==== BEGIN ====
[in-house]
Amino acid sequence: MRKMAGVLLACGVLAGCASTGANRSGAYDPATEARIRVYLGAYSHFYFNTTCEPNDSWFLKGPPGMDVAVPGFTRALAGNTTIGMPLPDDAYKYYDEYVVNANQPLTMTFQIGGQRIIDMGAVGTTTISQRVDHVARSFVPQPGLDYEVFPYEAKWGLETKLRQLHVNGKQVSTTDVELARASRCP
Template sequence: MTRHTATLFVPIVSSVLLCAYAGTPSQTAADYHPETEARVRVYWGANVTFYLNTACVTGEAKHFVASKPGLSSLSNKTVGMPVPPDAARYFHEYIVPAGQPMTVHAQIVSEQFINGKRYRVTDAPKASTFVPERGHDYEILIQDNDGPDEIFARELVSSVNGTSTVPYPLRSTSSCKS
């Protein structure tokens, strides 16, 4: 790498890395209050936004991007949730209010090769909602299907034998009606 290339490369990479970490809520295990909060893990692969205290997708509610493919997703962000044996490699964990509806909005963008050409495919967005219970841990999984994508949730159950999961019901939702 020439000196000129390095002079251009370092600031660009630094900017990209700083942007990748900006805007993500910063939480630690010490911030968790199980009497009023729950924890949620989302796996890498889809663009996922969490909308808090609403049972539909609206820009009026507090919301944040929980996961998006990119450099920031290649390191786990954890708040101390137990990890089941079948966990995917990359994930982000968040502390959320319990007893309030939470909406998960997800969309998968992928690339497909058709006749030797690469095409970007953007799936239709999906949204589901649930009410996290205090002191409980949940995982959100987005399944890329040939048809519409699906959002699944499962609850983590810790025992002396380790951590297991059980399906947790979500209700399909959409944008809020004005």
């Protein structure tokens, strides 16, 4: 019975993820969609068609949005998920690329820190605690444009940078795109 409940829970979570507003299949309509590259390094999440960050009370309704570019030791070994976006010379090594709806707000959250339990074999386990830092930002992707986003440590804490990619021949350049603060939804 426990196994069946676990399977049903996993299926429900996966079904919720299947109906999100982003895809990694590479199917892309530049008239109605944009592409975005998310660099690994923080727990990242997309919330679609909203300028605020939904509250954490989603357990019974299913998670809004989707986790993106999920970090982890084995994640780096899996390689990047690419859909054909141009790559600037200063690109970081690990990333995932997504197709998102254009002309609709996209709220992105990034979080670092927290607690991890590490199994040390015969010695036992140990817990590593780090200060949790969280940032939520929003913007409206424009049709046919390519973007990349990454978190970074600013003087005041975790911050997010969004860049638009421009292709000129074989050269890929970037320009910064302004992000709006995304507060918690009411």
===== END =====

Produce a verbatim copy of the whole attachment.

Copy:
[in-house]
Amino acid sequence: MRKMAGVLLACGVLAGCASTGANRSGAYDPATEARIRVYLGAYSHFYFNTTCEPNDSWFLKGPPGMDVAVPGFTRALAGNTTIGMPLPDDAYKYYDEYVVNANQPLTMTFQIGGQRIIDMGAVGTTTISQRVDHVARSFVPQPGLDYEVFPYEAKWGLETKLRQLHVNGKQVSTTDVELARASRCP
Template sequence: MTRHTATLFVPIVSSVLLCAYAGTPSQTAADYHPETEARVRVYWGANVTFYLNTACVTGEAKHFVASKPGLSSLSNKTVGMPVPPDAARYFHEYIVPAGQPMTVHAQIVSEQFINGKRYRVTDAPKASTFVPERGHDYEILIQDNDGPDEIFARELVSSVNGTSTVPYPLRSTSSCKS
């Protein structure tokens, strides 16, 4: 790498890395209050936004991007949730209010090769909602299907034998009606 290339490369990479970490809520295990909060893990692969205290997708509610493919997703962000044996490699964990509806909005963008050409495919967005219970841990999984994508949730159950999961019901939702 020439000196000129390095002079251009370092600031660009630094900017990209700083942007990748900006805007993500910063939480630690010490911030968790199980009497009023729950924890949620989302796996890498889809663009996922969490909308808090609403049972539909609206820009009026507090919301944040929980996961998006990119450099920031290649390191786990954890708040101390137990990890089941079948966990995917990359994930982000968040502390959320319990007893309030939470909406998960997800969309998968992928690339497909058709006749030797690469095409970007953007799936239709999906949204589901649930009410996290205090002191409980949940995982959100987005399944890329040939048809519409699906959002699944499962609850983590810790025992002396380790951590297991059980399906947790979500209700399909959409944008809020004005």
């Protein structure tokens, strides 16, 4: 019975993820969609068609949005998920690329820190605690444009940078795109 409940829970979570507003299949309509590259390094999440960050009370309704570019030791070994976006010379090594709806707000959250339990074999386990830092930002992707986003440590804490990619021949350049603060939804 426990196994069946676990399977049903996993299926429900996966079904919720299947109906999100982003895809990694590479199917892309530049008239109605944009592409975005998310660099690994923080727990990242997309919330679609909203300028605020939904509250954490989603357990019974299913998670809004989707986790993106999920970090982890084995994640780096899996390689990047690419859909054909141009790559600037200063690109970081690990990333995932997504197709998102254009002309609709996209709220992105990034979080670092927290607690991890590490199994040390015969010695036992140990817990590593780090200060949790969280940032939520929003913007409206424009049709046919390519973007990349990454978190970074600013003087005041975790911050997010969004860049638009421009292709000129074989050269890929970037320009910064302004992000709006995304507060918690009411």